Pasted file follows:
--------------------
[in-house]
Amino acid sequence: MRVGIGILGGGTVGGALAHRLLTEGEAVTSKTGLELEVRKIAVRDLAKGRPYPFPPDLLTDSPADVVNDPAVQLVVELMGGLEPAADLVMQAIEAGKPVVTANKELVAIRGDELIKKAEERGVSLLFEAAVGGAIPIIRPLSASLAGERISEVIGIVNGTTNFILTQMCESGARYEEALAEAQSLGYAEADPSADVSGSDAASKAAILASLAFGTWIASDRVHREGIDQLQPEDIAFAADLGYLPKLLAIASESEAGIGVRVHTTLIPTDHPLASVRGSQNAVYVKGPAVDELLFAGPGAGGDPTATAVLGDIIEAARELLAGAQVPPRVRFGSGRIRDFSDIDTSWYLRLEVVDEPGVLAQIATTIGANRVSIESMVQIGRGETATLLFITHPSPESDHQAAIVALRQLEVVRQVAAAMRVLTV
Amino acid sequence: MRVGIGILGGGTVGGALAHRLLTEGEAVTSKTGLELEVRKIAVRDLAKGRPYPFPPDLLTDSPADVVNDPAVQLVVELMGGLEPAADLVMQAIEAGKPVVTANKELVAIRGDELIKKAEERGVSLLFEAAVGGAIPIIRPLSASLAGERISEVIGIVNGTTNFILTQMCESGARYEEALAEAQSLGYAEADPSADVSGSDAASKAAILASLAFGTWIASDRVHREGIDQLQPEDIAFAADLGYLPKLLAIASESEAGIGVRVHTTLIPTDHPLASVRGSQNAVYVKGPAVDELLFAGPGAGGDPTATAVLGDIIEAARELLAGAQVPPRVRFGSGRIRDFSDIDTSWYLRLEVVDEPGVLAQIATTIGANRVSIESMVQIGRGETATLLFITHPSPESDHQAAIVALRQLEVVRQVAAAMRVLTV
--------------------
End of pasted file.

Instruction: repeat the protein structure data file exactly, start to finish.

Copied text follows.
[in-house]
Amino acid sequence: MRVGIGILGGGTVGGALAHRLLTEGEAVTSKTGLELEVRKIAVRDLAKGRPYPFPPDLLTDSPADVVNDPAVQLVVELMGGLEPAADLVMQAIEAGKPVVTANKELVAIRGDELIKKAEERGVSLLFEAAVGGAIPIIRPLSASLAGERISEVIGIVNGTTNFILTQMCESGARYEEALAEAQSLGYAEADPSADVSGSDAASKAAILASLAFGTWIASDRVHREGIDQLQPEDIAFAADLGYLPKLLAIASESEAGIGVRVHTTLIPTDHPLASVRGSQNAVYVKGPAVDELLFAGPGAGGDPTATAVLGDIIEAARELLAGAQVPPRVRFGSGRIRDFSDIDTSWYLRLEVVDEPGVLAQIATTIGANRVSIESMVQIGRGETATLLFITHPSPESDHQAAIVALRQLEVVRQVAAAMRVLTV
Amino acid sequence: MRVGIGILGGGTVGGALAHRLLTEGEAVTSKTGLELEVRKIAVRDLAKGRPYPFPPDLLTDSPADVVNDPAVQLVVELMGGLEPAADLVMQAIEAGKPVVTANKELVAIRGDELIKKAEERGVSLLFEAAVGGAIPIIRPLSASLAGERISEVIGIVNGTTNFILTQMCESGARYEEALAEAQSLGYAEADPSADVSGSDAASKAAILASLAFGTWIASDRVHREGIDQLQPEDIAFAADLGYLPKLLAIASESEAGIGVRVHTTLIPTDHPLASVRGSQNAVYVKGPAVDELLFAGPGAGGDPTATAVLGDIIEAARELLAGAQVPPRVRFGSGRIRDFSDIDTSWYLRLEVVDEPGVLAQIATTIGANRVSIESMVQIGRGETATLLFITHPSPESDHQAAIVALRQLEVVRQVAAAMRVLTV